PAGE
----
It’s normal to experience self-doubt as you train and compete in grappling. However, how you handle and overcome self-doubt is extremely important; as it could make or break the rest of your journey.
Here’s what Travis Stevens – a 2016 Olympic silver medalist in Judo and BJJ black belt under John Danaher – has to say about overcoming it:
I wouldn’t necessarily say that I experience self-doubt after losses… I mean, I have, after 2012 when I lost at the Olympics – I have experienced a lot of self doubt [back then]. Because, when going to the Olympics, you believe that you’re the best, you believe that you’re going to perform your best.
And then when you don’t, you really start questioning whether you ever will. If you’ll ever reach that potential. And I had to do a lot of work to overcome a lot of that, in order to get ready for the 2016 run that I had.
Stevens experienced more frustration than self-doubt in the past:
I experienced a lot of frustration with losses, because I know what I’m supposed to do in order to win. But I’m not necessarily doing those things; be it because of my ego, because of the way that the matches were playing out… I just got tunnel vision that I want to do certain things.
Sometimes guys would frustrate me a little bit in the matches and I was like: “You know what? I’m just gonna smash this guy.” So, I’d stop transitioning, I’d stop newaza, I’d stop gripping… All tactics go out the window.
Those are ones that really hurt the most, because you know that you’re better than this player. But you just didn’t perform to the best of your ability, and those are the ones that sting and that you really regret. Those are the ones in which you really have to try and outperform your own self, making sure that you’re truly focused.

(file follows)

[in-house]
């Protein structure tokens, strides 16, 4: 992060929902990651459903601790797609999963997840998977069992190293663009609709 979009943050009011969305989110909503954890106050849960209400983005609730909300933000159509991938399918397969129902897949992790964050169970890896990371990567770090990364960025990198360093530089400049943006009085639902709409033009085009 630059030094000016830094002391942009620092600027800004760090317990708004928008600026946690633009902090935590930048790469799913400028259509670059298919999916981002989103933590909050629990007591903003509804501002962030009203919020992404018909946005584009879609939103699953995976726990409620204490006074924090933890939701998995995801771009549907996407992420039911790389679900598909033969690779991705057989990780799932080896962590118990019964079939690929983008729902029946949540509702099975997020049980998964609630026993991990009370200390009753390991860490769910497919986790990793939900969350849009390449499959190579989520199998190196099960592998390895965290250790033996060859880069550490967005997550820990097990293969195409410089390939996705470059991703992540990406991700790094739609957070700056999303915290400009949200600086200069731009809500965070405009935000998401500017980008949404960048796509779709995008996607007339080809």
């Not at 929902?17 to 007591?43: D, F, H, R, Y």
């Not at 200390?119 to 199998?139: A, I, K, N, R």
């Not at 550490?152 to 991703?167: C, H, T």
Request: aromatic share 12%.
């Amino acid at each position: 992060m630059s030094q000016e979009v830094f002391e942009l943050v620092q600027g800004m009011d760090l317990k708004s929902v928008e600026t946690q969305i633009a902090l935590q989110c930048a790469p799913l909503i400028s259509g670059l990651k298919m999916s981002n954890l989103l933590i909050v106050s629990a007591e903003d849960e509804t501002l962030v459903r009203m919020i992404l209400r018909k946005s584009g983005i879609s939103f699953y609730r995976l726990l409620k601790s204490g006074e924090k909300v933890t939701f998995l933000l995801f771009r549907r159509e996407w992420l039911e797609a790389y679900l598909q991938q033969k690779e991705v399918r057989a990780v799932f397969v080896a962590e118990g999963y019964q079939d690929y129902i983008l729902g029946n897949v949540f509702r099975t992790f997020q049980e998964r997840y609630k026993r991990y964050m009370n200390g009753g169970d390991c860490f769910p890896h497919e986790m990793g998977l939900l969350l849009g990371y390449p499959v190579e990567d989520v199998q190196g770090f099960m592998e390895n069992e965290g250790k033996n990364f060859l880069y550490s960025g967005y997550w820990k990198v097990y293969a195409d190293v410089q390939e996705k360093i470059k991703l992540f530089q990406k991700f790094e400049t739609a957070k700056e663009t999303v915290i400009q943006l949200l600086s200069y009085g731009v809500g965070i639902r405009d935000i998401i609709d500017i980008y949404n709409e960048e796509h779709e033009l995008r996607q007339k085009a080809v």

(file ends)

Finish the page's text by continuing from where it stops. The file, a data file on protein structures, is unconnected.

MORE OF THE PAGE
He also mentions that some losses you simply can’t do anything about:
But there’s also the other side of losses… Because some losses are just comical. They’re like: “I can’t even be upset that this sh*t happened.
I remember fighting for a bronze medal at the Russian Grand Slam one year. And I was fighting a Russian and I just laid him out with this standing Seoi… I thought it was ippon. And the guy called ippon. Then they waived it down to yuko… And then I threw him again; beautiful standing Uchi Mata.
And they called another yuko! I was like: “You’ve got to be kidding me!” I’ve thrown this guy twice, I thought it was gonna be ippon. I got really frustrated, [so with] 30 seconds to go, I tried to go after him because I had to throw him – and the Russian threw me for an ippon. I lost. But I wasn’t even upset.
Why wasn’t he upset? Because he understood that the biggest goal – in his case, the Olympics – are much more important than an occasional loss here and there:
You’ve got to take them [losses] as they come. You don’t want them to hold too much weight. You want to remember what the real goal is. And the real goal is always going to be the Olympics, winning an Olympic gold medal… Becoming the best in the world, standing on top of the Olympic podium.
And the rest of the tournaments are just training. They don’t make or break us… Nobody remembers them 8 years from now; we all remember the Olympic games. Who won and who performed.
In case you already haven’t, make sure to check out BJJEE’s conversation with Travis Stevens as well.